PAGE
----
From “Paris–Athens”

To my father I. Silence I don't know when I started to write this book. I know that today is the 9th, I'm looking in my datebook: Sunday, November 9th, 1986, St. Theodore's day—no, I'm off by a week, today is only the 2nd, All Souls Day. I would have preferred to start on the 9th—Theodore is a Greek name. Oh, well; the Day of the Dead isn't bad, either. Actually, I didn't begin this book today. A year ago, perhaps. Perhaps twenty-five years ago,...

Spring

Spring this year arrived as clean as if in its Sunday best, and we felt embarrassed that we were still in our work clothes, our hands unwashed, with the dog in the barnyard mangy and shedding. And we didn't know whom to blame, Spring or ourselves, for being out of step. Beauty, says the old schoolteacher, should arrive unexpected, and cause a little discomfort. Translation of an untitled poem in the series "Maijs" [May] in Poēma par pienu [Poem of Milk]....

Sweating and Swearing in “Clash of Civilizations”

In the opening chapter of Amara Lakhous's gritty mosaic, Clash of Civilizations over an Elevator in Piazza Vittorio, Parviz Mansoor interrupts his rambling monologue to comment on the way language is used by the nosy doorwoman, Benedetta: Guaglio' is Benedetta's favorite word. As you know, guaglio' means "fuck" in Neapolitan. At least, that's what a lot of Neapolitans I've worked with have told me. Every time she sees me head for the elevator she starts...

An Introduction to Clash of Civilizations Over an Elevator in Piazza Vittorio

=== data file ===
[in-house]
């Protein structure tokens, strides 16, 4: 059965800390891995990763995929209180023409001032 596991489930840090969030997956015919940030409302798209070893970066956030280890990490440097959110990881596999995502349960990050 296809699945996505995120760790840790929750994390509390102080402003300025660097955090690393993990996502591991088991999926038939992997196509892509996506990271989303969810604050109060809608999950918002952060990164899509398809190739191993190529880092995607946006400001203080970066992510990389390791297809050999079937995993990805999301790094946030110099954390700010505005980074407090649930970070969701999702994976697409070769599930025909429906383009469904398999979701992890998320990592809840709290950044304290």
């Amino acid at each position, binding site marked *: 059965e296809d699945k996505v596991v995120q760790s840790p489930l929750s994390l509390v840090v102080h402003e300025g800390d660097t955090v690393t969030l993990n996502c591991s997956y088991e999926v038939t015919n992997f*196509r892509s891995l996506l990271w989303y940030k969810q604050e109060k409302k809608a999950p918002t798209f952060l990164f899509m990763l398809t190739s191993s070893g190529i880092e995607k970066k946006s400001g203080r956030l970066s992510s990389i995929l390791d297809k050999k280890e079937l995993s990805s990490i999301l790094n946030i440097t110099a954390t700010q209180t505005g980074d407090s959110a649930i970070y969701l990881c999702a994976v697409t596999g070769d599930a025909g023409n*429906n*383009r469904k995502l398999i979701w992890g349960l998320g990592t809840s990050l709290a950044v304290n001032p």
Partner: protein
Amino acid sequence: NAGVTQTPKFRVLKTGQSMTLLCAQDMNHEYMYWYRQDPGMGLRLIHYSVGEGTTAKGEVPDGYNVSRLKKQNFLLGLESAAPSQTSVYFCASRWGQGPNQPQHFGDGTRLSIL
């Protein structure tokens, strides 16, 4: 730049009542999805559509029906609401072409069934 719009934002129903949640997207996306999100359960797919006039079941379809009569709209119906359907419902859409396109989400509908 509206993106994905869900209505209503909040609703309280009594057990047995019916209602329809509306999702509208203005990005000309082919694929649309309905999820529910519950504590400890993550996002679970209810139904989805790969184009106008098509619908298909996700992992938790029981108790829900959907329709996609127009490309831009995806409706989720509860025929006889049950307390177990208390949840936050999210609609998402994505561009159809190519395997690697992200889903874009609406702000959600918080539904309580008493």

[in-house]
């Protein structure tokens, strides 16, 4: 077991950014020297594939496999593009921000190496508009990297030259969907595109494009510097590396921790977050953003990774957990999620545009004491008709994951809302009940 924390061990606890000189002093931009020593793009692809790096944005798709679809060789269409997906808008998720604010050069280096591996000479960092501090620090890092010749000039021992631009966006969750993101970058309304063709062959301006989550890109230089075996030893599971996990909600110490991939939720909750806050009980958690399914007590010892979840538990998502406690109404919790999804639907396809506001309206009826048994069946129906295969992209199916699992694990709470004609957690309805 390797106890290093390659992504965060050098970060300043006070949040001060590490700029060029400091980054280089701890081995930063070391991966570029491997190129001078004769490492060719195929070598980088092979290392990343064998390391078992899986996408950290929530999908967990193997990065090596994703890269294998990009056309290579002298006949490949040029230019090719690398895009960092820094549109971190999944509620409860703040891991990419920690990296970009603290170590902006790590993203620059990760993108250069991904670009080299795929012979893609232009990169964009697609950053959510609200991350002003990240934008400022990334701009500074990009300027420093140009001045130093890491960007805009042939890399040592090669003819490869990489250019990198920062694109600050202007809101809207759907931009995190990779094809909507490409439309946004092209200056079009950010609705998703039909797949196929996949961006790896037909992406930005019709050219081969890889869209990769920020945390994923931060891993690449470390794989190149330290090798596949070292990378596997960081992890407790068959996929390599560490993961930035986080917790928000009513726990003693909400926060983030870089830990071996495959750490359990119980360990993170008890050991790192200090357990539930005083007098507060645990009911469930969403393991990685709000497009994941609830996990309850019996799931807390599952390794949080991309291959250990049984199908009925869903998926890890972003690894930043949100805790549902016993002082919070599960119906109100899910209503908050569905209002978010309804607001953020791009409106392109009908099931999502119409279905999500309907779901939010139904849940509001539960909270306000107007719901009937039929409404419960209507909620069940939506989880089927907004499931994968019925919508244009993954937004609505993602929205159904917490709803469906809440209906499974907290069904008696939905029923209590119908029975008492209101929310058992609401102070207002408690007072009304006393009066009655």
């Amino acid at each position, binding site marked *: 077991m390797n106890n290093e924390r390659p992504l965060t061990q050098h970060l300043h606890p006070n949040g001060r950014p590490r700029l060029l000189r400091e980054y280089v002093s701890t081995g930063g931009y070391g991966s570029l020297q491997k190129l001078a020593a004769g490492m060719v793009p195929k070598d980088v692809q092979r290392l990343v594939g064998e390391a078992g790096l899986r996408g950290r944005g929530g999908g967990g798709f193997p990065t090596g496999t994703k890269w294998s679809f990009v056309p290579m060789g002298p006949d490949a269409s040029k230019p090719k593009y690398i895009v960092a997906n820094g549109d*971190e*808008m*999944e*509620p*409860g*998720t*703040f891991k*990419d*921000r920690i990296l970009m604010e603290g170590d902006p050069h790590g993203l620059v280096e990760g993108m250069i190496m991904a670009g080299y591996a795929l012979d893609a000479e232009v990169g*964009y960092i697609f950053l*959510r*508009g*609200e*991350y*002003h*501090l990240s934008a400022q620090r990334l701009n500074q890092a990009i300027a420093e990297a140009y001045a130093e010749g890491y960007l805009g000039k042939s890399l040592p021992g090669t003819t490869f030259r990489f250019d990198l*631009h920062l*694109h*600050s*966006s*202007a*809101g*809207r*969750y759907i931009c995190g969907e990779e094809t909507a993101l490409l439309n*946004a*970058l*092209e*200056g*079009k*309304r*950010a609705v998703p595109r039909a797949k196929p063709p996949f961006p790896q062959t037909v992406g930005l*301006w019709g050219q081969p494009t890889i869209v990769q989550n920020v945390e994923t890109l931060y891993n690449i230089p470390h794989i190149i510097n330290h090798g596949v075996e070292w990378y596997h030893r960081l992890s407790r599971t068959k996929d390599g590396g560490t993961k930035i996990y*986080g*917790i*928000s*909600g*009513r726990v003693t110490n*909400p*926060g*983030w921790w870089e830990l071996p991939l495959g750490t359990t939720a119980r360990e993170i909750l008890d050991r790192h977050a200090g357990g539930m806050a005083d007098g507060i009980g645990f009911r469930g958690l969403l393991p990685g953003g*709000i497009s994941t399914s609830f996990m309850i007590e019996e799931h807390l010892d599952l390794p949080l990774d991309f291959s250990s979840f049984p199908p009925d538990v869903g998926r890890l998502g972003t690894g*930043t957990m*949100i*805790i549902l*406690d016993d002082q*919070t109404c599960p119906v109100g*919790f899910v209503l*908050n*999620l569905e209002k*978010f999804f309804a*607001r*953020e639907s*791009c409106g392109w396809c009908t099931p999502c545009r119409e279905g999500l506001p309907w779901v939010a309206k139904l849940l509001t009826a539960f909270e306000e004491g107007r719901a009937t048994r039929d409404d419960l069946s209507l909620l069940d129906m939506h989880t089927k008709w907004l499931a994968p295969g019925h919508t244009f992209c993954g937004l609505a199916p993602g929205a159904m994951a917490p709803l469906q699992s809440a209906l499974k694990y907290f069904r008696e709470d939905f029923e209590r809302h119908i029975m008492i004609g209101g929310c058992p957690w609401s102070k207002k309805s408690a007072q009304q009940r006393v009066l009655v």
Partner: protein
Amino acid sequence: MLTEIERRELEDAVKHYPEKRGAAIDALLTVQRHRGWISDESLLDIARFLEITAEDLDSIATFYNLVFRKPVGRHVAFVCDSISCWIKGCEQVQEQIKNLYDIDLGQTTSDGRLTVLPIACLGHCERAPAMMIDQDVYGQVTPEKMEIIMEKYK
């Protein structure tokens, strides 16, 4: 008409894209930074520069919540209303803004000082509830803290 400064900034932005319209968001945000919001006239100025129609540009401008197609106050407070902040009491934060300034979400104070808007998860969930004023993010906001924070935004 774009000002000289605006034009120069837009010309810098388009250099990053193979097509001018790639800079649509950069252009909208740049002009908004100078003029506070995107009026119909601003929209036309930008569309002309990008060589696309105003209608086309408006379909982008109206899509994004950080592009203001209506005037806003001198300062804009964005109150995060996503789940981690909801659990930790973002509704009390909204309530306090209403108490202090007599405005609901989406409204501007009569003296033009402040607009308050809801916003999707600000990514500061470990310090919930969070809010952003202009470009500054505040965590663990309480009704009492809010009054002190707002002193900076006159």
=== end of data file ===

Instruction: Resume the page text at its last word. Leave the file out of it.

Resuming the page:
"Doesn't make any difference who we are or what we are," a cholera germ announces in one of Twain's stories, "there's always somebody to look down on!" No recent novel illustrates the truth of this axiom with more precision, intelligence, and humor than Amara Lakhous's Clash of Civilizations Over an Elevator in Piazza Vittorio, which is exactly what the title promises, except better. It's a satirical but not unsympathetic examination of the events leading up to a murder...

Tunnel

The roads I walked didn't tire me, the plans I formed to kill myself didn't work, I did not diminish one bit, I did not increase I forgot the night I died in your nakedness. I found myself like an inner pain I neither escaped from your murder nor died there was blood around, it felt cold, desolate . . . Carrying a tunnel's wind-rush in me I passed through the agony, throughout the road, in time's fragments they reckoned me a shiver and yet, except for a...

Water

I won't talk anymore, I won't say harsh words in the morning for a dream I embroider a flower of pearl on my bosom. I never knew, what you understood from my words, I spoke the forest's frightfulness the plain's tranquility silenced you slept a long sleep, I saw the dream. Unceasingly I spoke of a path: I'm water, I didn't forget my name I spoke of a mountain I came across while wandering; I didn't meddle with the world's affairs, the world does not...

Esterházy Per Se: A Translator’s Ball Game with a Postmodern Author

Just as there are user-friendly computers (they don't delete your latest text when you didn't mean to press the delete button, a dream!), user-friendly ovens (they ring when the roast is ready), and user-friendly scissors (left-handed!), so there are translator-friendly authors. And then, again, not. Some authors thumb their noses at the difficulties they are creating for the translator, and they are right to do so; their job is to write, the translator's is to translate. And...

An Interview with Péter Esterházy

Péter Esterházy is one of Hungary's foremost contemporary novelists, having won literary distinctions both at home and abroad. A number of his works, including Helping Verbs of the Heart, The Book of Hrabal, She Loves Me, and A Little Hungarian Pornography have all been translated into English. In this interview, we speak about some of the predominant themes in Esterházy's literature, particularly family and language. Esterházy hails from a long line...